Some of the ties have been to connections from his hometown of Scituate, while still others have been connected to Babson hockey, where Murray has played for four years and achieved great success and recognitions. He’s been the ECAC East player of the year, an ECAC East all-conference selection and a 2015 All-American in addition to winning the 2015 Joe Concannon Award recognizing the best American-born player in New England at the Division II/III level.

“We played a ‘camo’ game at Babson to recognize charitable opportunities for our military veterans, and that is what planted the seed for a charity ice hockey game,” Murray said. “The first year was a memorial tournament for a local friend, Patrick Falaro, who had passed away, and this past year it was for Corey Griffin, who played at Babson and was a big fundraiser for ALS before tragically dying a couple of summers ago.

“Changing the beneficiary of the event every year keeps it fresh and interest high and gets more people involved in the planning as well as the game itself.”

So far, the ice hockey events have raised more than $8,000 and the totals look to be continuously going up at least for the foreseeable future. Recipients have included the Pine Street Inn (a Boston shelter) and the Town of Scituate Recreation Department. In addition, proceeds helped donate a bench in Falaro’s honor at the Scituate lighthouse, a place where many go to enjoy the magnificent ocean views and walk along the jetty guarding the entrance to the town harbor.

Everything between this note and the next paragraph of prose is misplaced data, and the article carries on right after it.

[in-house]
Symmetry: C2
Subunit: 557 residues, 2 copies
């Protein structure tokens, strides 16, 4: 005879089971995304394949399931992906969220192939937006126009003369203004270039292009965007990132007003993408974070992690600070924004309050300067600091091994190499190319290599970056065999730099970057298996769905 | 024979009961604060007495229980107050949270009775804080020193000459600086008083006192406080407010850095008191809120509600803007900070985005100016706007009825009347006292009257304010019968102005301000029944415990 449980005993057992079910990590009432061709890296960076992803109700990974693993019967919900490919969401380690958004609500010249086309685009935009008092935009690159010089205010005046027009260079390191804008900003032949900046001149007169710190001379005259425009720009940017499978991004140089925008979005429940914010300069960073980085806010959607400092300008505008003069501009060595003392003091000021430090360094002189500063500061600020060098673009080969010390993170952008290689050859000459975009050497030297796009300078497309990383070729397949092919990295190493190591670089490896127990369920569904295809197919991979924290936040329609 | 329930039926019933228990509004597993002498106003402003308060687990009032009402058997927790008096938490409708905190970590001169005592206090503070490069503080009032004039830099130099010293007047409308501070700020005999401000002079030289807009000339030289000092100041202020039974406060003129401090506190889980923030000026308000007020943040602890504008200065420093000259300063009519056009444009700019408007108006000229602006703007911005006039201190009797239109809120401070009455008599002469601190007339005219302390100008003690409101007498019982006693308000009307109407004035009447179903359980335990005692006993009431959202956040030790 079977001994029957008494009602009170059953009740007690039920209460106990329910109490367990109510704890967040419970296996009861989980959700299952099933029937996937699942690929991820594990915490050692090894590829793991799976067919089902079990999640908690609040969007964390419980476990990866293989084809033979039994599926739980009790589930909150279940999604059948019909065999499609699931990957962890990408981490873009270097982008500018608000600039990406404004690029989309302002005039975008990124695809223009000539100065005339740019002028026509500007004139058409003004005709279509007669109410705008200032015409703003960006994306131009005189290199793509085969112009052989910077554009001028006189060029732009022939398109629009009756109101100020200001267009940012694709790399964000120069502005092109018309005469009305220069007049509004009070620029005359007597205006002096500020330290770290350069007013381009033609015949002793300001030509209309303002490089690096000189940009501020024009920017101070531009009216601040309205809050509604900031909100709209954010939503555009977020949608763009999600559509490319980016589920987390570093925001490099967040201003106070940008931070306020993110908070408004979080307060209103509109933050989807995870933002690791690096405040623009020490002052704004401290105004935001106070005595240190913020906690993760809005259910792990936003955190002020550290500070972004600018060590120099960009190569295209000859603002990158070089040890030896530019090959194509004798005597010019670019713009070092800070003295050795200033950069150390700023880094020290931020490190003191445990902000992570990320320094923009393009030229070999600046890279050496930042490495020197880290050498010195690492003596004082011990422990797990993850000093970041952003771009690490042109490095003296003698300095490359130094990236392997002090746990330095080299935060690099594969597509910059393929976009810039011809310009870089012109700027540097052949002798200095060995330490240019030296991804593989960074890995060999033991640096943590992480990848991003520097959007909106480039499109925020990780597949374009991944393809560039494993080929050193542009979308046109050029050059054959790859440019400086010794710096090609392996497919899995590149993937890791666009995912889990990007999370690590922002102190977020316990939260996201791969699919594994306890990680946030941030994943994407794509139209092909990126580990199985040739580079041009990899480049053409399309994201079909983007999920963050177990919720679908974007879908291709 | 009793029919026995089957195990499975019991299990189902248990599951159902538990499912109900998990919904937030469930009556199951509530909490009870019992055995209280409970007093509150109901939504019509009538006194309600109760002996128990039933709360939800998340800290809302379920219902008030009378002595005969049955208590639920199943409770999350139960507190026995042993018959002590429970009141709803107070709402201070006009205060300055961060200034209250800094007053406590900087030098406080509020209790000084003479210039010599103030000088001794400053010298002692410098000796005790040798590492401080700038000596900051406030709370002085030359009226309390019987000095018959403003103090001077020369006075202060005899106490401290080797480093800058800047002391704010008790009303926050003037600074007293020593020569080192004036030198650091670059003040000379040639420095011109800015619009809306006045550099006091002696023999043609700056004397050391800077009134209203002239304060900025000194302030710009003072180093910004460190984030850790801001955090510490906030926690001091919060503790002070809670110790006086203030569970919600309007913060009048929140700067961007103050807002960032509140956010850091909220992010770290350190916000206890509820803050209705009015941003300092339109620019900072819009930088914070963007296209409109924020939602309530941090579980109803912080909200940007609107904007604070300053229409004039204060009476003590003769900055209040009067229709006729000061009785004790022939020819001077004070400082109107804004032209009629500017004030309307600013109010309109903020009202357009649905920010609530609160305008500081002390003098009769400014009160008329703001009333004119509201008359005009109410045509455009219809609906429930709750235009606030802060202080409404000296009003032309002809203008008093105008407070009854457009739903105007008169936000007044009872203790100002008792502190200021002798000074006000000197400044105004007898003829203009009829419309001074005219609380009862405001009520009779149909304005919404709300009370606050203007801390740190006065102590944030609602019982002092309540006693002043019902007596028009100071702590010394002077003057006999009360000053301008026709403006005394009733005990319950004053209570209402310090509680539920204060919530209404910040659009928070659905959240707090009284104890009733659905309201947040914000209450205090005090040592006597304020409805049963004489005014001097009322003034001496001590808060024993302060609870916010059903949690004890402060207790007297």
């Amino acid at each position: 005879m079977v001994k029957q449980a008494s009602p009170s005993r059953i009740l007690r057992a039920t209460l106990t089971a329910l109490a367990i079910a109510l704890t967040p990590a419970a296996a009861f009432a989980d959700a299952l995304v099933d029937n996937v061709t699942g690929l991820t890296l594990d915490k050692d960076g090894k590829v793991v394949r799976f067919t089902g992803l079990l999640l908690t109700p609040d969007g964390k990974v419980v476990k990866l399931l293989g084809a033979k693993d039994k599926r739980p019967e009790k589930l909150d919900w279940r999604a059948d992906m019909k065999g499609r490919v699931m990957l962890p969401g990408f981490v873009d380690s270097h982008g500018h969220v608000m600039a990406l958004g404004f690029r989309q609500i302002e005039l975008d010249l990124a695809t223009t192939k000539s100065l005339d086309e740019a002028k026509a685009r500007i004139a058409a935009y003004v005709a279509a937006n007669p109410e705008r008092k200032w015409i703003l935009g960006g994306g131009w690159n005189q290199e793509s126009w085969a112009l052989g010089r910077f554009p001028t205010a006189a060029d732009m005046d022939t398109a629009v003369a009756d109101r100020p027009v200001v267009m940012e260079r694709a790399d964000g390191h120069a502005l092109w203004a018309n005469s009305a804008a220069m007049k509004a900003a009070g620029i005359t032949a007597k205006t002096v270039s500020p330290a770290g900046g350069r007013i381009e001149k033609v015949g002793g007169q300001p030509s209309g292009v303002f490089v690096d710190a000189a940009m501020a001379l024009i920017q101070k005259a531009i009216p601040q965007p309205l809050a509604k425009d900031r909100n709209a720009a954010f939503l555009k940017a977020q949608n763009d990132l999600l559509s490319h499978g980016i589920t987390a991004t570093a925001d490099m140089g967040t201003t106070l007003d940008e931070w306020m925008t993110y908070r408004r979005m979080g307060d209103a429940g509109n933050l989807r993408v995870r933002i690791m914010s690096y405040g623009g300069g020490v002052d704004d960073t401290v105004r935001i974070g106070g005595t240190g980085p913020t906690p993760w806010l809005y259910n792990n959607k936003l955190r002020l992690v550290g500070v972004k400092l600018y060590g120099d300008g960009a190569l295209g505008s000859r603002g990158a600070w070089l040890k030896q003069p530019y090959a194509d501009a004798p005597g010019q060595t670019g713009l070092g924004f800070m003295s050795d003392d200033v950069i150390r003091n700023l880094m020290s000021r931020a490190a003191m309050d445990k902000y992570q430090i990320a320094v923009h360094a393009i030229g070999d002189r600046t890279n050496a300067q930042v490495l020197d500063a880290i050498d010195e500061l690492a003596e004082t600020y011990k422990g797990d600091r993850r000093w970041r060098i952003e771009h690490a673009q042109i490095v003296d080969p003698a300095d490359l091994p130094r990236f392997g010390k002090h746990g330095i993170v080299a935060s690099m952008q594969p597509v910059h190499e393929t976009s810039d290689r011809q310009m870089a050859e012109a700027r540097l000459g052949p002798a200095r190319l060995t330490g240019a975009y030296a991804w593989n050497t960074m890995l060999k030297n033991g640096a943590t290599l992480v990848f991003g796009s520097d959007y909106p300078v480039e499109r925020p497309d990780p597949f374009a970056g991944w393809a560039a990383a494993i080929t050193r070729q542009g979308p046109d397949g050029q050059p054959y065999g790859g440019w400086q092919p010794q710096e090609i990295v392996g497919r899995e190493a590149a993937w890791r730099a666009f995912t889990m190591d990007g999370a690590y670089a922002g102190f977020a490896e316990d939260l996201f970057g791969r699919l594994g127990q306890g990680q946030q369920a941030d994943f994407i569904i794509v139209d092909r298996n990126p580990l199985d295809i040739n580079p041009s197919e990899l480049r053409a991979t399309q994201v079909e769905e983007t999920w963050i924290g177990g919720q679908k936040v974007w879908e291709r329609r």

“I really hope that I will be playing hockey somewhere next season after graduating from Babson,” Murray said. “That means I will continue to have time during the summer available to continue having these events. Everyone in town and surrounding communities look forward to all of the events, and I really enjoy the awesome day that each has become in their own way. I love planning them and of course have a blast playing in them.

“It is a great feeling to know the money raised is helping out others, made more special by spending the day doing something fun with friends and family in the local community — it really doesn’t get better than that. As long as I can, I am going to continue to do these events not just for the fundraising but bringing people together for a great day, great cause and most importantly great fun.”